Surfacing material requires a specialist
Q. Some 15 years ago we were talked into using a fairly new product called Torginol in two bathrooms: floors, wainscoting, tub/shower enclosure, and counters. The Torginol now is stained and lusterless. Also, it is peeling in the showers. In as much as there no longer is a Toginal specialist around here, no one cn advise us on what to do apart from tearing it all out and starting over again. What would you do? Barbara Rosentreter Ashland, Ore.Skip to next paragraph
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A. Torginol is a seamless material which can be applied to walls and floors by specially trained factory franchise agents.
For advice from the horse's mouth write to the Torginol Division, Peterson Chemical Corporation, PO Box 726, Sheboygan, Wis. 53081. Tell the company you sotry and ask for its advice. Perhaps there is an expert at no great distance from you who can help.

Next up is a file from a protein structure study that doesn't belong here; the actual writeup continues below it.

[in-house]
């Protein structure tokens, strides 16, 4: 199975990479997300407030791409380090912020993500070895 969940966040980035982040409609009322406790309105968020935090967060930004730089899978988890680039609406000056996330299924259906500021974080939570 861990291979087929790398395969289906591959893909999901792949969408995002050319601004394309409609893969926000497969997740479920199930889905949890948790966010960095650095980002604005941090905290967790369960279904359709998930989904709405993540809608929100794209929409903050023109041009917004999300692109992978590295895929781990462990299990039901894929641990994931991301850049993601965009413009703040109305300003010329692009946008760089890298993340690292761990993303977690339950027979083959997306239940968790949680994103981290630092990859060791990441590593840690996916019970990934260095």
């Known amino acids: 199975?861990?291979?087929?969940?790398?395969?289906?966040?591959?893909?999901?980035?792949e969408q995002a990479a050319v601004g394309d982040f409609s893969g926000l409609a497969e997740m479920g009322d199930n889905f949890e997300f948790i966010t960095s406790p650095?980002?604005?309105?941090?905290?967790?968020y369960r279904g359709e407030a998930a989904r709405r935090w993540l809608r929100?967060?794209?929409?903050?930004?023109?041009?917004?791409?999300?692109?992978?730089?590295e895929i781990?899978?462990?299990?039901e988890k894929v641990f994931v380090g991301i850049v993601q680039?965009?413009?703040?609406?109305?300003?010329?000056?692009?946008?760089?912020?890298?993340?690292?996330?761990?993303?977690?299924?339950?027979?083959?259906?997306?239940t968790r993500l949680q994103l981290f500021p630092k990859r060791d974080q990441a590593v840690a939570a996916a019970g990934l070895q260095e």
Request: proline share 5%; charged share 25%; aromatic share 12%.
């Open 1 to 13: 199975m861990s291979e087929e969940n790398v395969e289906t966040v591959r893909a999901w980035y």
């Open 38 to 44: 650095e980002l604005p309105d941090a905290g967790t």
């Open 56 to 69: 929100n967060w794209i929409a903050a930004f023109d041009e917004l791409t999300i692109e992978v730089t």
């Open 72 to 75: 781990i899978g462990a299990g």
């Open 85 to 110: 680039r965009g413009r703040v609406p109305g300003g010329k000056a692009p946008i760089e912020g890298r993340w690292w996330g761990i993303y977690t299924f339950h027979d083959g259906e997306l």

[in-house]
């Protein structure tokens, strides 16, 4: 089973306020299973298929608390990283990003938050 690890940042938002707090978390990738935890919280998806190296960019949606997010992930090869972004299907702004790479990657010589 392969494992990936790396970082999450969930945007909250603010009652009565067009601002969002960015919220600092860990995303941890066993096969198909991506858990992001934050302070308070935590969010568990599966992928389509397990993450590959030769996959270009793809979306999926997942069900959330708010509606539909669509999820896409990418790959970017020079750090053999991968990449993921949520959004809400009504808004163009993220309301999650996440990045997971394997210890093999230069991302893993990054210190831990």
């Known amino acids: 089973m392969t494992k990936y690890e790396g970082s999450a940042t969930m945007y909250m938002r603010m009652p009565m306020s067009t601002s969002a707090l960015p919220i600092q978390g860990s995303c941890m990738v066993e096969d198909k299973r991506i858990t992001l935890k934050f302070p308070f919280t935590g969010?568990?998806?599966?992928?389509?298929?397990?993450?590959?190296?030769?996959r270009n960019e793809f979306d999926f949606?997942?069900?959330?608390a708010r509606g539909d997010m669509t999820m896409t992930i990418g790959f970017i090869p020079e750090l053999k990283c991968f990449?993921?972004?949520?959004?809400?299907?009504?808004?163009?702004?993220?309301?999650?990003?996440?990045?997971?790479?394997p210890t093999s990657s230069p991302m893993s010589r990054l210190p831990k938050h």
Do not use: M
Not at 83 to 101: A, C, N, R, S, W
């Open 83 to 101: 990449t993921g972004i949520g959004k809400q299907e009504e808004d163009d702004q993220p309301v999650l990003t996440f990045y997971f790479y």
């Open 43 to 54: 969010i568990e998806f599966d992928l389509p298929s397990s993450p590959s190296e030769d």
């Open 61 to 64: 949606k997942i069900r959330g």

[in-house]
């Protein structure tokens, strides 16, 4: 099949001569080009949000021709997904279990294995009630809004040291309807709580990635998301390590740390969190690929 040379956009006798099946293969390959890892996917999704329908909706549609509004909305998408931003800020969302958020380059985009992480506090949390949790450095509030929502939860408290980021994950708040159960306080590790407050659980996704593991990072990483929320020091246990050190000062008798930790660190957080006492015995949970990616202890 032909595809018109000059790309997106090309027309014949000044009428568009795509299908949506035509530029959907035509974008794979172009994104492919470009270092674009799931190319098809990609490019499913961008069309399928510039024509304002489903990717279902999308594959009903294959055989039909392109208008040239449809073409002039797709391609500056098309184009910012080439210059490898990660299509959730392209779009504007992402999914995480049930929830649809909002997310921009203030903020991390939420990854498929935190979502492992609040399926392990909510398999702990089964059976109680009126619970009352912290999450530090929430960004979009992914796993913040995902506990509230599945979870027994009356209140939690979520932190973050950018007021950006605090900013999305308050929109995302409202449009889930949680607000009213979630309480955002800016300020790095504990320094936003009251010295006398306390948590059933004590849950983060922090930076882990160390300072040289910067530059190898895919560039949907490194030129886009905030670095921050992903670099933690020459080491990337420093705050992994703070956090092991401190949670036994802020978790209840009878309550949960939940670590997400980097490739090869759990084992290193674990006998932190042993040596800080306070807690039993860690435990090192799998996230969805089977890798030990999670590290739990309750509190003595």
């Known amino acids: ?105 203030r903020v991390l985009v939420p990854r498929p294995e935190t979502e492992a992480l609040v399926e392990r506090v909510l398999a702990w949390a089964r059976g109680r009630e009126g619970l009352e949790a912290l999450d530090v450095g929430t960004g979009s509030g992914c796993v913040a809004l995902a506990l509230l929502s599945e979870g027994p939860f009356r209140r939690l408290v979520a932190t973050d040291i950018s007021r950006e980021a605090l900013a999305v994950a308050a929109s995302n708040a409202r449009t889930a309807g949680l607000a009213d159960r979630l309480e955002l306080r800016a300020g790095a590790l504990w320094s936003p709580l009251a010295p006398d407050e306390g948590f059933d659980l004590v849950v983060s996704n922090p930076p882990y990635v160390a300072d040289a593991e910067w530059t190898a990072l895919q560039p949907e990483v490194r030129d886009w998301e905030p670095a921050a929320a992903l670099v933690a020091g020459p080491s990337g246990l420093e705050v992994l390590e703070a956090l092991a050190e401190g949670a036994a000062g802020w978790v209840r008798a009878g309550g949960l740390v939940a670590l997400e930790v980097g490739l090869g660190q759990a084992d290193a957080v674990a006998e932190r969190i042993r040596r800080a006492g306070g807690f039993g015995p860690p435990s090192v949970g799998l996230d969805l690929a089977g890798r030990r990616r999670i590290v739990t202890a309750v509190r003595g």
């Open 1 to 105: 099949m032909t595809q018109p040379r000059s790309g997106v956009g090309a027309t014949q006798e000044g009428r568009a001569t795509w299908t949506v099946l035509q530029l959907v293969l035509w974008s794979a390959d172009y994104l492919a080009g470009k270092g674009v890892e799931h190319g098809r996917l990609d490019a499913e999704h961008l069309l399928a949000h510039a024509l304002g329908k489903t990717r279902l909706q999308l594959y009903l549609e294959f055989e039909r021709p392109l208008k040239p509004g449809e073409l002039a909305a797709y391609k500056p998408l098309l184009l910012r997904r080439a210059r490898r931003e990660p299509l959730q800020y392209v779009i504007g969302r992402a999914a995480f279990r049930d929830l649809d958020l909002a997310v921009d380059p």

After 15 years almost any resilient material will show its age, especially when it is subjected to the hard, wet wear of a bathroom environment.
All materials and processes have their assets and liabilities. Manufacturers will recommend how to use or apply their product and usually where or how not to use it.
While I am not talking about Torginol in these comments, your experience raises some basic questions:
* Some homeowners can be "talked into" the use of products by someone who needs to pay his grocery bill.
* Some new products on the market shelves have exaggerated claims but little record to back them up.
Readers may be interested in reading the next chapter in your story after you've heard from the company in Wisconsin.